Robots, the gig economy and lifespans raise big questions for taxation
Legislation is struggling to keep up with new world of work, says PwC’s Doone O’Doherty
While employment is almost back to pre-crash levels, the composition of the Irish labour market is entirely changed from 2007.
The number of Irish workers on zero-hours contracts has leaped, as has the number of part-time and temporary staff on low pay, all of which have implications for our tax base, a third of which comes from income.
This was the subject of an address to The Irish Times/PwC Tax Summit by PwC’s Doone O’Doherty, who said the Government needed to keep a close eye on three global trends that were transforming the workplace: technology, the gig economy and lifespan.
She said increased automation, in other words the greater use of robots, had resulted in a widening income gap between the top and the bottom, which had prompted calls for a tax on robots, by Bill Gates of all people, and the adoption of a universal income scheme in Finland and the Netherlands.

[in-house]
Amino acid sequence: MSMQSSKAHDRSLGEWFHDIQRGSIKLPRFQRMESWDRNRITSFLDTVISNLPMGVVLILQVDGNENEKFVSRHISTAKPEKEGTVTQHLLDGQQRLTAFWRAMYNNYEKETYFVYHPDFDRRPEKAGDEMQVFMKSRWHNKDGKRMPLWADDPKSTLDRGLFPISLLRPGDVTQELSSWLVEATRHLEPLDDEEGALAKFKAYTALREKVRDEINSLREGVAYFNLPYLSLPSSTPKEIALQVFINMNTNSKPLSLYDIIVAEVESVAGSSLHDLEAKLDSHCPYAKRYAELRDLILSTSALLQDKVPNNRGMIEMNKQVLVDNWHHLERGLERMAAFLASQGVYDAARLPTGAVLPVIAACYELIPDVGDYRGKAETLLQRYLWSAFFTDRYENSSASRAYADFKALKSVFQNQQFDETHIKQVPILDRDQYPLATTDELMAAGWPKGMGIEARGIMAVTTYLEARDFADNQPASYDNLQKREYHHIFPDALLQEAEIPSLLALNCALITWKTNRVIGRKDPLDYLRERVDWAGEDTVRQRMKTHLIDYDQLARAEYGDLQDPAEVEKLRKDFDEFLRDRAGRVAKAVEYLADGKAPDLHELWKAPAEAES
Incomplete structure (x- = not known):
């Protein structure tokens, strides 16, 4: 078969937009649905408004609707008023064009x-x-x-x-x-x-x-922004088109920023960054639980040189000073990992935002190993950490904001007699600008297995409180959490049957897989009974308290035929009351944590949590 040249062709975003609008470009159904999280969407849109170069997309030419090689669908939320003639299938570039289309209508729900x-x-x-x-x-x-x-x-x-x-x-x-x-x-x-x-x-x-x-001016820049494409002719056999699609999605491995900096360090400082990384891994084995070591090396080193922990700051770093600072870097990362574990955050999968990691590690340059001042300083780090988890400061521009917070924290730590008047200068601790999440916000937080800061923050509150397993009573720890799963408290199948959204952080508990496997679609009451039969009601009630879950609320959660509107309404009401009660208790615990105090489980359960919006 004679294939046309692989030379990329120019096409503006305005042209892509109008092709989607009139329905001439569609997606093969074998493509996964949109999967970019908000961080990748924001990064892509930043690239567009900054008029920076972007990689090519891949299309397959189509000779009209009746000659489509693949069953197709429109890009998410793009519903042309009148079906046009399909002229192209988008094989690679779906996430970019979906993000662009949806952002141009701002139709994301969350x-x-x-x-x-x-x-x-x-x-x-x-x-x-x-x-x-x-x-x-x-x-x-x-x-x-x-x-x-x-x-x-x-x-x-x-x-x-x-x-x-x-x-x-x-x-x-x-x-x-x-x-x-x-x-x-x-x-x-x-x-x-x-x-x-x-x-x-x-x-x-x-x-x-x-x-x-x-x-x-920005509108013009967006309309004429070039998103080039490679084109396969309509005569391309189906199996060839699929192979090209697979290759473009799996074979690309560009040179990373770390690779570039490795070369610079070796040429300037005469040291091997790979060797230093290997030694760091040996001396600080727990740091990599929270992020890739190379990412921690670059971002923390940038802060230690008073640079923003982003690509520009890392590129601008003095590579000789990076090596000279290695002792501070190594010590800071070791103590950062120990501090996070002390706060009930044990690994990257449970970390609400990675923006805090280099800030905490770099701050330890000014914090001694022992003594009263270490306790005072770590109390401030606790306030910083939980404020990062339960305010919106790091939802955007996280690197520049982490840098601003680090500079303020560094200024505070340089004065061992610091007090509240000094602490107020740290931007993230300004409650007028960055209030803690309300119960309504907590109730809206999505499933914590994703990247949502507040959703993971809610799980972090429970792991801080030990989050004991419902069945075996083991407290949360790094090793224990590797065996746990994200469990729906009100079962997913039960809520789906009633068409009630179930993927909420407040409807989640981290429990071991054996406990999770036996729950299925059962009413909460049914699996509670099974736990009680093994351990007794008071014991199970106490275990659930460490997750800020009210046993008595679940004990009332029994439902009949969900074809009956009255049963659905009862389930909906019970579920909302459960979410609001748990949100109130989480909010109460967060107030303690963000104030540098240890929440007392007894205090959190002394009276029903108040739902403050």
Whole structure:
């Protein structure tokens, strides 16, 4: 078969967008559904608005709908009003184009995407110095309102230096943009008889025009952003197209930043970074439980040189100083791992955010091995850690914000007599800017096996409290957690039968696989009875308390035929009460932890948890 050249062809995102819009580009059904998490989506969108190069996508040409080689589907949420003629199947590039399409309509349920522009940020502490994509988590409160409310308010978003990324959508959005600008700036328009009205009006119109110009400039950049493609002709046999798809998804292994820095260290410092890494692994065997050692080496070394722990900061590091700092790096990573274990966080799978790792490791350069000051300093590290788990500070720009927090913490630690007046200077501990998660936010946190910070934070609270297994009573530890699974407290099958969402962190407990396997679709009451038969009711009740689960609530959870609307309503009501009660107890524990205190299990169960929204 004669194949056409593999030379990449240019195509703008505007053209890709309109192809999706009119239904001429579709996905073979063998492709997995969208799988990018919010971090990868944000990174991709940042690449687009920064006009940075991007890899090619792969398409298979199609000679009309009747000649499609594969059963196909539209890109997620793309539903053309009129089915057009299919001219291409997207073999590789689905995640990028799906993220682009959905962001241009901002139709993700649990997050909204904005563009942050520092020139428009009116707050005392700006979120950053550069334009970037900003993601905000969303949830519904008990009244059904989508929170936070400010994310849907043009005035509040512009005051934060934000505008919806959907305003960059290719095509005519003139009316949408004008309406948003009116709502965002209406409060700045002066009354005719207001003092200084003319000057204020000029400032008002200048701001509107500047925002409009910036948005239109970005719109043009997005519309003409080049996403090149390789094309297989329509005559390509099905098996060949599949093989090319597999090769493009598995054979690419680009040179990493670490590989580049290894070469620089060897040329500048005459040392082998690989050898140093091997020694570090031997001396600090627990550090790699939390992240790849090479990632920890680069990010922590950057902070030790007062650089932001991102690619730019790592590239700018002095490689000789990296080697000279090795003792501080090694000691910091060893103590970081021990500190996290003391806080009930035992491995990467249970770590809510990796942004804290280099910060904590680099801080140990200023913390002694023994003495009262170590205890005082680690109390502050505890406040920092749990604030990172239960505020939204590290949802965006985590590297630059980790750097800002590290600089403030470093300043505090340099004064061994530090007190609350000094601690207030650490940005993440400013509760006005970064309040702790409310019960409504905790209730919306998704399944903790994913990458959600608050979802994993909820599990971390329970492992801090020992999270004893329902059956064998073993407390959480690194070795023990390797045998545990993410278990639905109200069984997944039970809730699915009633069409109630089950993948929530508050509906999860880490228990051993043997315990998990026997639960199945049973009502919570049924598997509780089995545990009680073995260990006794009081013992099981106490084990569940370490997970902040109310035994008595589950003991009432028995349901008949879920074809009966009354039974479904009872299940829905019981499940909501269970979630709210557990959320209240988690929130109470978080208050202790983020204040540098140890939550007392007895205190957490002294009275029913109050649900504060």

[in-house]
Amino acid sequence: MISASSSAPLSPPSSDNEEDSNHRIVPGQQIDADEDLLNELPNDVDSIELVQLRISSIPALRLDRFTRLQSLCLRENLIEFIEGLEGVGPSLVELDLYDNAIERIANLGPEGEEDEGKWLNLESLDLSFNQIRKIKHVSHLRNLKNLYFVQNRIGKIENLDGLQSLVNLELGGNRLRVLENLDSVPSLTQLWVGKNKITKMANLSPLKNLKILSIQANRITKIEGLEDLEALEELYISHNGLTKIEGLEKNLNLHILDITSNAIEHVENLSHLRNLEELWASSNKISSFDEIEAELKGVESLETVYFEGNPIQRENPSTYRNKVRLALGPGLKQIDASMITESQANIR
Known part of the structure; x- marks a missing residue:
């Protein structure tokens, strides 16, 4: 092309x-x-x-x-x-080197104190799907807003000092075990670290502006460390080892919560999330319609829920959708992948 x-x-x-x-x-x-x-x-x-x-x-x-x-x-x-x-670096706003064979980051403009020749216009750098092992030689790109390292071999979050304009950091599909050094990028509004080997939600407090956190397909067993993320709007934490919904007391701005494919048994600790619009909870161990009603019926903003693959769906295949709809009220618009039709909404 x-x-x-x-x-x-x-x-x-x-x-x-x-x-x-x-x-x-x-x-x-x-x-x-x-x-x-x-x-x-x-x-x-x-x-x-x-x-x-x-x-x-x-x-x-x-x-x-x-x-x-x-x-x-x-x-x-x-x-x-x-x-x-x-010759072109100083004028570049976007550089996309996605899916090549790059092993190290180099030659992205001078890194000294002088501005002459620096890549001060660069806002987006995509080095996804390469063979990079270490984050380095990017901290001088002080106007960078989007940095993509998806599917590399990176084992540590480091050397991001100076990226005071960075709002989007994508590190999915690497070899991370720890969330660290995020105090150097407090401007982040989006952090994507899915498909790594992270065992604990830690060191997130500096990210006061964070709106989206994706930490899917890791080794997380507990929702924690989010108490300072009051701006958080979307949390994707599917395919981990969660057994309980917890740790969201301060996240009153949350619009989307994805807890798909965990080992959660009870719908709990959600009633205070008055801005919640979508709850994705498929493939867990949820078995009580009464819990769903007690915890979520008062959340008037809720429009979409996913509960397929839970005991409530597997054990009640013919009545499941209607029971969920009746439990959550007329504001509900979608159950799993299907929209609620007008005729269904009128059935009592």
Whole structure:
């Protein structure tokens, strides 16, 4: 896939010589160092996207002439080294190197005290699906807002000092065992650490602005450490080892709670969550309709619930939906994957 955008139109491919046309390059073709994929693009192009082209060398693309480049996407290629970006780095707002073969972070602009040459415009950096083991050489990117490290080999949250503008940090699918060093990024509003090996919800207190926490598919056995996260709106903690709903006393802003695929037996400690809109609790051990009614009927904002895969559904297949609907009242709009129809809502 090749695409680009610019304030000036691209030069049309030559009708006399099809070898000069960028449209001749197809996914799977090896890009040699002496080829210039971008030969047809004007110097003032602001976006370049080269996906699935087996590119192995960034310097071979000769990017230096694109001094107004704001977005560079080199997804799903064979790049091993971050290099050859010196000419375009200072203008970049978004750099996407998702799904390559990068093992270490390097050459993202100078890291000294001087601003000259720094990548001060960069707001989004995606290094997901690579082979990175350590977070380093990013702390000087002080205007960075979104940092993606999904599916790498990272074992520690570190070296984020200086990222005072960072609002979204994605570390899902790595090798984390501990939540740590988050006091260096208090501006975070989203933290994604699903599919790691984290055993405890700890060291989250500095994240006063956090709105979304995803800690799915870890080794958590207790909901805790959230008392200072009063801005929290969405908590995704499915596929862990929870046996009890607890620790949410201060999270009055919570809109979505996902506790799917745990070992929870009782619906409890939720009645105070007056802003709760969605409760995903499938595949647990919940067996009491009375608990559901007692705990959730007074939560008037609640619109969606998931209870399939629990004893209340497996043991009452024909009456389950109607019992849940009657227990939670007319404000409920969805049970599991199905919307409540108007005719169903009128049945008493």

The gig economy, as evidenced by the rise of companies such as Uber and Deliveroo, was marked by flexible, temporary working arrangements and/or independent contractors.
From a tax perspective, this throws up two big questions: how do we tax these workers and how do we collect the taxes? “Are Deliveroo couriers or Uber drivers employees or self-employed individuals? If they’re employees then the employer holds the taxes and pays that to Revenue; if they’re self-employed individuals, then they’re responsible for paying their own taxes and filing their own tax returns.”
Tax systems were grappling to come to terms with these businesses, she said. In Estonia, the tax authorities recently entered into an agreement with Uber, which sees the company file details of the drivers’ incomes to the tax authorities. Last year, this resulted in a six-fold increase in Uber driver income being reported to the Estonian revenue authorities.
“If I was the Minister, I’d be keeping a watching eye on this space. Employment law and tax law are really struggling to keep up with the pace at which the gig economy is run,” she said.
Another theme was the prospect of a 100-year lifespan, something children born today are likely to enjoy, and what this means for retirement, pensions and tax. These are big issues that need big responses.